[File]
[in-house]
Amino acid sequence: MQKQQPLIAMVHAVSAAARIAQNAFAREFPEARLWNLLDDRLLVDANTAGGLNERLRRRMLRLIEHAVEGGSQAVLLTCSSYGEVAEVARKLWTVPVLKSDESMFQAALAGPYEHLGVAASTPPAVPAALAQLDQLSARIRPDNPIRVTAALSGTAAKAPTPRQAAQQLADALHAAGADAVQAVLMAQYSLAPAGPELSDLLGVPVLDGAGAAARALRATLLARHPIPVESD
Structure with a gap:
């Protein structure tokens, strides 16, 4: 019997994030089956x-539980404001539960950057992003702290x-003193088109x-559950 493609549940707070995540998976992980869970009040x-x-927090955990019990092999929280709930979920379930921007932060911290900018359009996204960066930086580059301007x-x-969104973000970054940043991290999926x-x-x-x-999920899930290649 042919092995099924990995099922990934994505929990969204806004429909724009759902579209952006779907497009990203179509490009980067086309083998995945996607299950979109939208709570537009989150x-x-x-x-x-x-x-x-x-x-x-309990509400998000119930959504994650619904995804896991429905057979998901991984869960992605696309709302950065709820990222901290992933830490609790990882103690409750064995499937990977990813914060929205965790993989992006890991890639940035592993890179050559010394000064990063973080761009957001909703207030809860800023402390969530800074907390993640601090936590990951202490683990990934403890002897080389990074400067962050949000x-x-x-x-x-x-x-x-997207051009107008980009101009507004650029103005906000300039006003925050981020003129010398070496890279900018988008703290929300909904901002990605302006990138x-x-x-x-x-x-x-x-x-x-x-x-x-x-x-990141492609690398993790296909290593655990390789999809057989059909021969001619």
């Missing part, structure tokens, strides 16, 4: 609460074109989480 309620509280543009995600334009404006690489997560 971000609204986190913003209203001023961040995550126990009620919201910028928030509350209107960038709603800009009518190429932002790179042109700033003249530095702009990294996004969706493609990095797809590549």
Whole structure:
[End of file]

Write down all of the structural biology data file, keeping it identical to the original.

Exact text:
[in-house]
Amino acid sequence: MQKQQPLIAMVHAVSAAARIAQNAFAREFPEARLWNLLDDRLLVDANTAGGLNERLRRRMLRLIEHAVEGGSQAVLLTCSSYGEVAEVARKLWTVPVLKSDESMFQAALAGPYEHLGVAASTPPAVPAALAQLDQLSARIRPDNPIRVTAALSGTAAKAPTPRQAAQQLADALHAAGADAVQAVLMAQYSLAPAGPELSDLLGVPVLDGAGAAARALRATLLARHPIPVESD
Structure with a gap:
């Protein structure tokens, strides 16, 4: 019997994030089956x-539980404001539960950057992003702290x-003193088109x-559950 493609549940707070995540998976992980869970009040x-x-927090955990019990092999929280709930979920379930921007932060911290900018359009996204960066930086580059301007x-x-969104973000970054940043991290999926x-x-x-x-999920899930290649 042919092995099924990995099922990934994505929990969204806004429909724009759902579209952006779907497009990203179509490009980067086309083998995945996607299950979109939208709570537009989150x-x-x-x-x-x-x-x-x-x-x-309990509400998000119930959504994650619904995804896991429905057979998901991984869960992605696309709302950065709820990222901290992933830490609790990882103690409750064995499937990977990813914060929205965790993989992006890991890639940035592993890179050559010394000064990063973080761009957001909703207030809860800023402390969530800074907390993640601090936590990951202490683990990934403890002897080389990074400067962050949000x-x-x-x-x-x-x-x-997207051009107008980009101009507004650029103005906000300039006003925050981020003129010398070496890279900018988008703290929300909904901002990605302006990138x-x-x-x-x-x-x-x-x-x-x-x-x-x-x-990141492609690398993790296909290593655990390789999809057989059909021969001619």
């Missing part, structure tokens, strides 16, 4: 609460074109989480 309620509280543009995600334009404006690489997560 971000609204986190913003209203001023961040995550126990009620919201910028928030509350209107960038709603800009009518190429932002790179042109700033003249530095702009990294996004969706493609990095797809590549």
Whole structure: